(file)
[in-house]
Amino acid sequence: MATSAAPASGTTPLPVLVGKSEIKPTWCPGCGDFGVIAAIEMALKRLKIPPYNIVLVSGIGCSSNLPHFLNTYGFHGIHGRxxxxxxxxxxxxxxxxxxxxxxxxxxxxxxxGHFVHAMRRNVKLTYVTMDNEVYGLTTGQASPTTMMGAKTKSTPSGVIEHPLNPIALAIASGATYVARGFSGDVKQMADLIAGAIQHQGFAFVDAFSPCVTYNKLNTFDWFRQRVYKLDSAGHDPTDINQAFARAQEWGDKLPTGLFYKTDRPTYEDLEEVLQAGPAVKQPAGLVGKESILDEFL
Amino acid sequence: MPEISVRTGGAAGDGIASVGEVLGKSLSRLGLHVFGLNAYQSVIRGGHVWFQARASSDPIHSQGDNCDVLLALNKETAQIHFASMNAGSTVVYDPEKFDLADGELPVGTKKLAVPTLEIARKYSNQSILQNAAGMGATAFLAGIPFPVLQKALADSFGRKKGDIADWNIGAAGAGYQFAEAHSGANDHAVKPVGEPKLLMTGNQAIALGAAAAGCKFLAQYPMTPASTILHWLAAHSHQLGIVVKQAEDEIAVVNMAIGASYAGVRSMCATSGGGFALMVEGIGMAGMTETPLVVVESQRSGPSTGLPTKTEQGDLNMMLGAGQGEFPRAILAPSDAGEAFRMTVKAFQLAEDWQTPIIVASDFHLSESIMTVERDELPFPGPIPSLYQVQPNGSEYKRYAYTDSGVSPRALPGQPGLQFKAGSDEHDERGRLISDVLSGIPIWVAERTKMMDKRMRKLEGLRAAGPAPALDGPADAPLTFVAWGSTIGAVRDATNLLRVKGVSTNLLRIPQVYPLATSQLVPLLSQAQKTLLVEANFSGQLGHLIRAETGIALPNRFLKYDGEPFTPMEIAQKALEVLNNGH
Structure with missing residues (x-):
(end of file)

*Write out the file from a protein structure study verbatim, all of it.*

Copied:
[in-house]
Amino acid sequence: MATSAAPASGTTPLPVLVGKSEIKPTWCPGCGDFGVIAAIEMALKRLKIPPYNIVLVSGIGCSSNLPHFLNTYGFHGIHGRxxxxxxxxxxxxxxxxxxxxxxxxxxxxxxxGHFVHAMRRNVKLTYVTMDNEVYGLTTGQASPTTMMGAKTKSTPSGVIEHPLNPIALAIASGATYVARGFSGDVKQMADLIAGAIQHQGFAFVDAFSPCVTYNKLNTFDWFRQRVYKLDSAGHDPTDINQAFARAQEWGDKLPTGLFYKTDRPTYEDLEEVLQAGPAVKQPAGLVGKESILDEFL
Amino acid sequence: MPEISVRTGGAAGDGIASVGEVLGKSLSRLGLHVFGLNAYQSVIRGGHVWFQARASSDPIHSQGDNCDVLLALNKETAQIHFASMNAGSTVVYDPEKFDLADGELPVGTKKLAVPTLEIARKYSNQSILQNAAGMGATAFLAGIPFPVLQKALADSFGRKKGDIADWNIGAAGAGYQFAEAHSGANDHAVKPVGEPKLLMTGNQAIALGAAAAGCKFLAQYPMTPASTILHWLAAHSHQLGIVVKQAEDEIAVVNMAIGASYAGVRSMCATSGGGFALMVEGIGMAGMTETPLVVVESQRSGPSTGLPTKTEQGDLNMMLGAGQGEFPRAILAPSDAGEAFRMTVKAFQLAEDWQTPIIVASDFHLSESIMTVERDELPFPGPIPSLYQVQPNGSEYKRYAYTDSGVSPRALPGQPGLQFKAGSDEHDERGRLISDVLSGIPIWVAERTKMMDKRMRKLEGLRAAGPAPALDGPADAPLTFVAWGSTIGAVRDATNLLRVKGVSTNLLRIPQVYPLATSQLVPLLSQAQKTLLVEANFSGQLGHLIRAETGIALPNRFLKYDGEPFTPMEIAQKALEVLNNGH
Structure with missing residues (x-):